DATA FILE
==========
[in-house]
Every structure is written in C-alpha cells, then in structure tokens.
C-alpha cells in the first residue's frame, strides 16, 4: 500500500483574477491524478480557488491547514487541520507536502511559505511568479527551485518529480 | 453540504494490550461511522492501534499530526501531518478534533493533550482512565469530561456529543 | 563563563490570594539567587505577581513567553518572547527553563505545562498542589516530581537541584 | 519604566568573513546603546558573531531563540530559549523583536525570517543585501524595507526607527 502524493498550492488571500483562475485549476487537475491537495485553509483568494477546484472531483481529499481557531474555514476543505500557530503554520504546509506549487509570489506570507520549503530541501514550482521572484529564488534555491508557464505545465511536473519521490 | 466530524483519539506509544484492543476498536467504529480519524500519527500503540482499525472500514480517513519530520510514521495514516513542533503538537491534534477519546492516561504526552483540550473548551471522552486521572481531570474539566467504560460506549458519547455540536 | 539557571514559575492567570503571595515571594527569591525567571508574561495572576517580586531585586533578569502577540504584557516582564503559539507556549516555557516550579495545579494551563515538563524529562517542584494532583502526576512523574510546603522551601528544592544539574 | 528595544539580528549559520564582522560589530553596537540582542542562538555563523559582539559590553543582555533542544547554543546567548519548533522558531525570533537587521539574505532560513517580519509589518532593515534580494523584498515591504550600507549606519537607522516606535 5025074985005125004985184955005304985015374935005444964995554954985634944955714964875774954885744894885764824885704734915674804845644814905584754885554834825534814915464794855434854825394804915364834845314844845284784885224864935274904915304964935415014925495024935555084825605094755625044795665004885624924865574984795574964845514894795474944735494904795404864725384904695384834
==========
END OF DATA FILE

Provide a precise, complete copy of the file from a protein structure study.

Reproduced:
[in-house]
Every structure is written in C-alpha cells, then in structure tokens.
C-alpha cells in the first residue's frame, strides 16, 4: 500500500483574477491524478480557488491547514487541520507536502511559505511568479527551485518529480 | 453540504494490550461511522492501534499530526501531518478534533493533550482512565469530561456529543 | 563563563490570594539567587505577581513567553518572547527553563505545562498542589516530581537541584 | 519604566568573513546603546558573531531563540530559549523583536525570517543585501524595507526607527 502524493498550492488571500483562475485549476487537475491537495485553509483568494477546484472531483481529499481557531474555514476543505500557530503554520504546509506549487509570489506570507520549503530541501514550482521572484529564488534555491508557464505545465511536473519521490 | 466530524483519539506509544484492543476498536467504529480519524500519527500503540482499525472500514480517513519530520510514521495514516513542533503538537491534534477519546492516561504526552483540550473548551471522552486521572481531570474539566467504560460506549458519547455540536 | 539557571514559575492567570503571595515571594527569591525567571508574561495572576517580586531585586533578569502577540504584557516582564503559539507556549516555557516550579495545579494551563515538563524529562517542584494532583502526576512523574510546603522551601528544592544539574 | 528595544539580528549559520564582522560589530553596537540582542542562538555563523559582539559590553543582555533542544547554543546567548519548533522558531525570533537587521539574505532560513517580519509589518532593515534580494523584498515591504550600507549606519537607522516606535 5025074985005125004985184955005304985015374935005444964995554954985634944955714964875774954885744894885764824885704734915674804845644814905584754885554834825534814915464794855434854825394804915364834845314844845284784885224864935274904915304964935415014925495024935555084825605094755625044795665004885624924865574984795574964845514894795474944735494904795404864725384904695384834